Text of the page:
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Hypocretins

Integrators of Physiological Functions

  • Luis de Lecea
  • J. Gregor Sutcliffe

Table of contents

  1. Front Matter
    Pages i-xxiii
  2. Discovery of the Hypocretins/Orexins and Their Receptors

    1. Front Matter
      Pages 1-1
    2. Luis de Lecea, J. Gregor Sutcliffe
      Pages 3-11
    3. Takeshi Sakurai
      Pages 13-23
  3. Animal Models in the Study of the Hypocretinergic System

    1. Front Matter
      Pages 25-25
    2. Takeshi Sakurai, Masashi Yanagisawa, Michihiro Mieda
      Pages 27-38
    3. Seiji Nishino
      Pages 39-58
  4. Detailed Anatomy of the Hypocretinergic System and Related Hypothalamic Circuits

    1. Front Matter
      Pages 59-59
    2. Teresa L. Steininger, Thomas S. Kilduff
      Pages 61-75
    3. Tamas L. Horvath
      Pages 77-93
  5. Physiological Consequences of Hypocretin Activation

    1. Front Matter
      Pages 121-121
    2. Anthony N. van den Pol
      Pages 123-136
    3. Gary Aston-Jones, J. Patrick Card, Yan Zhu, Mónica González, Elizabeth Haggerty
      Pages 137-152
    4. Christopher S. Leonard, Christopher J. Tyler, Sophie Burlet, Shigeo Watanabe, Kristi A. Kohlmeier
      Pages 153-168
    5. Oliver Selbach, Helmut L. Haas
      Pages 169-189
    6. Evelyn K. Lambe, George K. Aghajanian
      Pages 191-202
  6. Pharmacology of the Hypocretins and Drug Design

    1. Front Matter
      Pages 203-203
    2. Jyrki P. Kukkonen, Karl E. O. Åkerman
      Pages 221-231
  7. The Hypocretins in Narcolepsy and Arousal

    1. Front Matter
      Pages 233-233
    2. Wynne Chen, Jamie M. Zeitzer, Emmanuel Mignot
      Pages 235-254
    3. Patrice Bourgin, Yves Dauvilliers
      Pages 263-277
    4. Gert Jan Lammers, Sebastiaan Overeem
      Pages 279-290
    5. Barbara E. Jones, Michel Muhlethaler
      Pages 291-303
  8. The Hypocretins in Feeding and Energy Balance

    1. Front Matter
      Pages 305-305
    2. Katherine E. Wortley, Sarah F. Leibowitz
      Pages 307-314
  9. The Hypocretins in Addiction and Hyperarousal

    1. Front Matter
      Pages 315-315
    2. Benjamin Boutrel, Paul J. Kenny, Athina Markou, George F. Koob
      Pages 317-326
    3. Ralph J. DiLeone
      Pages 327-337
    4. Ariel Y. Deutch, Jim Fadel, Michael Bubser
      Pages 339-351
    5. Craig W. Berridge, Rodrigo A. España
      Pages 353-367
  10. Role of Hypocretins on Peripheral Systems

    1. Front Matter
      Pages 369-369
    2. Willis K. Samson, Meghan M. Taylor, Alastair V. Ferguson
      Pages 371-383
    3. Annette L Kirchgessner, Erik Näslund
      Pages 385-393
    4. Miguel López, Manuel Tena-Sempere, Tomás García-Caballero, Rosa Señarís, Carlos Diéguez
      Pages 395-423
    5. Tetsuro Shirasaka, Hiroshi Kannan
      Pages 425-435
  11. Back Matter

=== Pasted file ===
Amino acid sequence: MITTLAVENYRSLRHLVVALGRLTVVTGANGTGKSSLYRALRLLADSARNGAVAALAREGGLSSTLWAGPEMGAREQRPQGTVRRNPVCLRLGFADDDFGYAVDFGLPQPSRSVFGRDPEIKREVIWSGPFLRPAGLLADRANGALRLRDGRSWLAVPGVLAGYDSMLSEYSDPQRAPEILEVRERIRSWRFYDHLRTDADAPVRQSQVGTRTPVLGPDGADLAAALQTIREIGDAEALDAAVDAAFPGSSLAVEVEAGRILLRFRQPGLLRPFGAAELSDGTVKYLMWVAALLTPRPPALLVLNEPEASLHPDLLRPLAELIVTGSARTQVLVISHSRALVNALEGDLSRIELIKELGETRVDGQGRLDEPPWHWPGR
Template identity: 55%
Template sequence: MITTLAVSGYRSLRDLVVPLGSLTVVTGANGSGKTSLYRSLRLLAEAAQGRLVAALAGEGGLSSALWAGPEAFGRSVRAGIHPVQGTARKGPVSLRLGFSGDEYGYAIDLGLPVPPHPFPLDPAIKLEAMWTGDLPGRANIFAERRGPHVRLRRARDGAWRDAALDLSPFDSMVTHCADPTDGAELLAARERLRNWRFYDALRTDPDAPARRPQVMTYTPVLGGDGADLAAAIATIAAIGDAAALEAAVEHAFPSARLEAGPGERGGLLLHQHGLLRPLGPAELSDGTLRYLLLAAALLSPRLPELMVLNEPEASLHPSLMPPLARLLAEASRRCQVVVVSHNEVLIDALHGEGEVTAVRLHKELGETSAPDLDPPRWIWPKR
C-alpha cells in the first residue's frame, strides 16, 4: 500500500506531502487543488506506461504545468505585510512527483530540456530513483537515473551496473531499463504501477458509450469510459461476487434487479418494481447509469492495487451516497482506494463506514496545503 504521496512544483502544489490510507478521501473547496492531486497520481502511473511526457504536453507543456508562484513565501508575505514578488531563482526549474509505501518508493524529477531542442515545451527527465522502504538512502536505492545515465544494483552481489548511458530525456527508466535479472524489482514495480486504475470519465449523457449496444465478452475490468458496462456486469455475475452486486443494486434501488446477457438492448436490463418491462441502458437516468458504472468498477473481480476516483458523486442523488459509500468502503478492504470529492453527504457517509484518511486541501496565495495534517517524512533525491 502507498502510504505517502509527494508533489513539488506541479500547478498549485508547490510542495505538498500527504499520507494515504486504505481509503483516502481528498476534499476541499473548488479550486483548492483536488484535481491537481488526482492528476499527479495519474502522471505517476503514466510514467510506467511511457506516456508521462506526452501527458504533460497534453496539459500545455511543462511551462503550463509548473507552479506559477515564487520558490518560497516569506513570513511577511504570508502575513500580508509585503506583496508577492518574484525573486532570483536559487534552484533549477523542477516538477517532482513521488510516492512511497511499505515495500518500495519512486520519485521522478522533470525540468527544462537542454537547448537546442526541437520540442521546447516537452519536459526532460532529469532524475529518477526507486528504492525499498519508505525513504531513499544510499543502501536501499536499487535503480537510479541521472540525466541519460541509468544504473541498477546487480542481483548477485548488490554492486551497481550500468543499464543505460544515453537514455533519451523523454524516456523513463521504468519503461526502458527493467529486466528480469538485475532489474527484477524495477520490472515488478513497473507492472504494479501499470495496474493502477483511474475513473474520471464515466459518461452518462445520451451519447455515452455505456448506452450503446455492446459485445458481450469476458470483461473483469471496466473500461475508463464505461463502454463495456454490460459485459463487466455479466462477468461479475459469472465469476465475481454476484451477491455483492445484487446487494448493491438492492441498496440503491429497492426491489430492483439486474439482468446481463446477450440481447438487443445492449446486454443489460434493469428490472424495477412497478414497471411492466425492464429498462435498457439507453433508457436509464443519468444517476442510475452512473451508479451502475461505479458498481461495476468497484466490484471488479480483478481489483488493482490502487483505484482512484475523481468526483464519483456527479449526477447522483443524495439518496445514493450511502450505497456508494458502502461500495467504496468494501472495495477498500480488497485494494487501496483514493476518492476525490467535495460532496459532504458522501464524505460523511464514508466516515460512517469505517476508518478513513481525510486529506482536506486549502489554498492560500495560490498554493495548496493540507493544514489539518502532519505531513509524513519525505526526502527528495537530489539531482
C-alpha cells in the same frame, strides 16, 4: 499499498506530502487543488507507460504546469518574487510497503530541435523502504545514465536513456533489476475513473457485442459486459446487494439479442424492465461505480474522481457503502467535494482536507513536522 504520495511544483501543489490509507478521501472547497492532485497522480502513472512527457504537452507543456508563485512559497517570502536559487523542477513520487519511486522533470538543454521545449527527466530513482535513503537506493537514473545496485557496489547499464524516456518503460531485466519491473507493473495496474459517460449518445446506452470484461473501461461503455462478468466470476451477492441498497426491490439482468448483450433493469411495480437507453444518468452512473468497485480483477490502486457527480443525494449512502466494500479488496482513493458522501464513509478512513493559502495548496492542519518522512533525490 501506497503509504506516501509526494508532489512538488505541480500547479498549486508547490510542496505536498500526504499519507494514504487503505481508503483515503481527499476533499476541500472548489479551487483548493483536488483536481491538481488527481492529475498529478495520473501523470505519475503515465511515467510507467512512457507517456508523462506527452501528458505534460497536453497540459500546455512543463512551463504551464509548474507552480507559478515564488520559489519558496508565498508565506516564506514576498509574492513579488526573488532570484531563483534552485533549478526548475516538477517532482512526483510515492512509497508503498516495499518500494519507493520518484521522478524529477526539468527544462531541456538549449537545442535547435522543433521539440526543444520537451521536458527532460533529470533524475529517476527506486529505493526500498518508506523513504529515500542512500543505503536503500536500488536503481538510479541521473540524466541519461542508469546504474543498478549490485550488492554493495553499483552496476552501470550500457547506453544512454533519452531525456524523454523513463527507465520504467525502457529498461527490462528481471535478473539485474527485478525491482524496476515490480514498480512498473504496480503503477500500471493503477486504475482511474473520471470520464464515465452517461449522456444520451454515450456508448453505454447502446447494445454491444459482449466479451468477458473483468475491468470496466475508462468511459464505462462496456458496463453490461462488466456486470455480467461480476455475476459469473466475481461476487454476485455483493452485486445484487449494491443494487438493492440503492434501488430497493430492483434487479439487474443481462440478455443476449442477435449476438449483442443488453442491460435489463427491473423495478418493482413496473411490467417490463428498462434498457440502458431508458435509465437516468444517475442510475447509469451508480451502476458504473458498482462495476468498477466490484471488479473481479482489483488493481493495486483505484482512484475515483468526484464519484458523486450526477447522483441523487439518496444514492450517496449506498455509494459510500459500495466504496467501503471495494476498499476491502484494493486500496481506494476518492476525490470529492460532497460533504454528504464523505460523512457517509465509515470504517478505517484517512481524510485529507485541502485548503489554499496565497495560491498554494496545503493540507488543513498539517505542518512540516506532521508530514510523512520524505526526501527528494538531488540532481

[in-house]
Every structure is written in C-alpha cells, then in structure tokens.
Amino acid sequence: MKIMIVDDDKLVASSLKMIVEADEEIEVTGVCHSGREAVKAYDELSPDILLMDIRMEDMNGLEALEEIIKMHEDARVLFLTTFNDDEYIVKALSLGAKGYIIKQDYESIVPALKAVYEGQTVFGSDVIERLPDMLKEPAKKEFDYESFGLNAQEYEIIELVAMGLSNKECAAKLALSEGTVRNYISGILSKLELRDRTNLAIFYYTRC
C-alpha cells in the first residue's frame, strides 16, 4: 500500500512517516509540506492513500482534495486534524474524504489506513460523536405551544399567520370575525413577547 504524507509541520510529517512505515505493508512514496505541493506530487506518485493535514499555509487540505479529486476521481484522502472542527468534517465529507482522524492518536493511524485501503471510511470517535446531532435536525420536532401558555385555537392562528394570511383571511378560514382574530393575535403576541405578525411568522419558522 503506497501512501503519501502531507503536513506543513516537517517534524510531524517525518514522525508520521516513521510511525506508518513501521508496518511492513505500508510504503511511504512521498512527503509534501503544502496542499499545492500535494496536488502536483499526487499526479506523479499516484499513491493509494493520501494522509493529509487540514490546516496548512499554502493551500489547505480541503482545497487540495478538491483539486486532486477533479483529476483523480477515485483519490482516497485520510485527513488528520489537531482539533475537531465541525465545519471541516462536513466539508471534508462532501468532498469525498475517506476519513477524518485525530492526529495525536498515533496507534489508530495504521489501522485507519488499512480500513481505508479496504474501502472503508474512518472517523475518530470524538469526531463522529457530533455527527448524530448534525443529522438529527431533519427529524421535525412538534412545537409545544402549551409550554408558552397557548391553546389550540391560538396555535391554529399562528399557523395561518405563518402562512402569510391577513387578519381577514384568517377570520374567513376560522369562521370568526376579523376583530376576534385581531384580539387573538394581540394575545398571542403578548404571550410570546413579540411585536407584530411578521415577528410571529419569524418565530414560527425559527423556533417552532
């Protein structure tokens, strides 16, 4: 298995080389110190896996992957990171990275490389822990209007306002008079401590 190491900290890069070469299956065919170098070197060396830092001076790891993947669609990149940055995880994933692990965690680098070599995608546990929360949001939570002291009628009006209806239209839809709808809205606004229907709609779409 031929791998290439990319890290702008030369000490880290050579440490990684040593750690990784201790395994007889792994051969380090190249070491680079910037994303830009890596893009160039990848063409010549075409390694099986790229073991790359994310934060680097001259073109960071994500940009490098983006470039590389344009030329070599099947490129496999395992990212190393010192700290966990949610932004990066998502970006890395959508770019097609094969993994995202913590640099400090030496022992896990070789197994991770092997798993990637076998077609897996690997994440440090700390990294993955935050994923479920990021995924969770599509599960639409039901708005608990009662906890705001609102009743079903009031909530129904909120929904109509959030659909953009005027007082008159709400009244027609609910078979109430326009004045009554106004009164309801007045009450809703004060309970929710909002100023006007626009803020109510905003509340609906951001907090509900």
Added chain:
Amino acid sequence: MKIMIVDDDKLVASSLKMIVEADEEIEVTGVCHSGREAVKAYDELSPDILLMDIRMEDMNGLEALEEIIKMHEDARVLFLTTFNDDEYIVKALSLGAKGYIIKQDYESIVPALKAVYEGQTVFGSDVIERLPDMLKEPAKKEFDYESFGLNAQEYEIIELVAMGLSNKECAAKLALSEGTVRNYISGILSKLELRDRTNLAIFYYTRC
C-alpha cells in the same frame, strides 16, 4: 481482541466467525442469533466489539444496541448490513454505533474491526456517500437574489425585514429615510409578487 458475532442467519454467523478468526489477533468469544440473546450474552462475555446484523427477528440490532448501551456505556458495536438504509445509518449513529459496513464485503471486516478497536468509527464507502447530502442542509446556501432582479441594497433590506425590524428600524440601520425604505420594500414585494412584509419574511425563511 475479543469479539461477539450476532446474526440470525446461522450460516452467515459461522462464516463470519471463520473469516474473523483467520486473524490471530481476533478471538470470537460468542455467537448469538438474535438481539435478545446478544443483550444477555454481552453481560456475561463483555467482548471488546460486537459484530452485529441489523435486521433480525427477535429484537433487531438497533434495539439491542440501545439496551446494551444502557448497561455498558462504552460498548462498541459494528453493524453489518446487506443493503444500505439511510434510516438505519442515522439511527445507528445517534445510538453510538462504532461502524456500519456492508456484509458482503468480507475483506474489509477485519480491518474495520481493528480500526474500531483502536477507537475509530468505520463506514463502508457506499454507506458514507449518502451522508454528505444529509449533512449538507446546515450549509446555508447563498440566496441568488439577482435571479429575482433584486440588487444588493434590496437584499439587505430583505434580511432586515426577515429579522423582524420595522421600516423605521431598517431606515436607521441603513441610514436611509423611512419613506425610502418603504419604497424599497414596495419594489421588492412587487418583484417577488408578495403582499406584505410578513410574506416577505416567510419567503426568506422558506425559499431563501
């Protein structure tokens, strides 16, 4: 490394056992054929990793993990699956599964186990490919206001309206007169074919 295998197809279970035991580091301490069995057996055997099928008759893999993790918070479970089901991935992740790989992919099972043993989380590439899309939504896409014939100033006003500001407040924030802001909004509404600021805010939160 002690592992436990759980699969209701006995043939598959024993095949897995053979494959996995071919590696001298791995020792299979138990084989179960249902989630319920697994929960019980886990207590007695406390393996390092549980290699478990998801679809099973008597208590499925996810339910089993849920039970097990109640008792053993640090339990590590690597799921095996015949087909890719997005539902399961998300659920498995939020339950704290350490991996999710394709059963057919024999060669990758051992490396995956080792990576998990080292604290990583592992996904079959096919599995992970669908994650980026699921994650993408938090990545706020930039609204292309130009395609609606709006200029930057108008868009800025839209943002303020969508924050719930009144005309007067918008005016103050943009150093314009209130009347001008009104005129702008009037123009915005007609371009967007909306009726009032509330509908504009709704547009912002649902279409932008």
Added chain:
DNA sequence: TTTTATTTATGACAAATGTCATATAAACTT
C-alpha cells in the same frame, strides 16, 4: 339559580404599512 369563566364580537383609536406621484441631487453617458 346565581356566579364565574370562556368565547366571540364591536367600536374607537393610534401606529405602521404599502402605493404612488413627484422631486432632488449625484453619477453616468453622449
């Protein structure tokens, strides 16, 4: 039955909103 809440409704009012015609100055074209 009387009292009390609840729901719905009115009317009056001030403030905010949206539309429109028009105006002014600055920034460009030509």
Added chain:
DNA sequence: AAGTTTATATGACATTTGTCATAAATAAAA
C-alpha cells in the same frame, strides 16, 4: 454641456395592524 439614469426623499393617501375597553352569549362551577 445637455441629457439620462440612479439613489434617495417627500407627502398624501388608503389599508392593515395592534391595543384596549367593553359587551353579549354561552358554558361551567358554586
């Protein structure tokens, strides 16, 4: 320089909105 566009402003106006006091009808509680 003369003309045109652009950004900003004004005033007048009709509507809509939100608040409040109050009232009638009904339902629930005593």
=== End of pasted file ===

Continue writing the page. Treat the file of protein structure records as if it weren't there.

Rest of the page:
Pages 437-441

About this book

Introduction

The first report that rapid eye movements occur in sleep in humans was published in 1953. The research journey from this point to the realization that sleep consists of two entirely independent states of being (eventually labeled REM sleep and non-REM sleep) was convoluted, but by 1960 the fundamental duality of sleep was well established including the description of REM sleep in cats associated with “wide awake” EEG patterns and EMG suppression. The first report linking REM sleep to a pathology occurred in 1961 and a clear association of sleep onset REM periods, cataplexy, hypnagogic hallucinations and sleep paralysis was fully established by 1966. When a naïve individual happens to observe a full-blown cataplexy attack, it is both dramatic and unnerving. Usually the observer assumes that the loss of muscle tone represents syncope or seizure. In order to educate health professionals and the general public, Christian Guilleminault and I made movies of full-blown cataplectic episodes (not an easy task). We showed these movies of cataplexy attacks to a number of professional audiences, and were eventually rewarded with the report of a similar abrupt loss of muscle tone in a dog. We were able to bring the dog to Stanford University and with this as the trigger, we were able to develop the Stanford Canine Narcolepsy Colony. Breeding studies revealed the genetic determinants of canine narcolepsy, an autosomal recessive gene we termed canarc1. Emmanuel Mignot took over the colony in 1986 and began sequencing DNA, finally isolating canarc1 in 1999.

Keywords

Hypocretins Integrators Physiological anatomy brain hormone metabolism neurons

Editors and affiliations

  • Luis de Lecea
    • 1
  • J. Gregor Sutcliffe
    • 1
  1. 1.The Scripps Research InstituteLa JollaUSA

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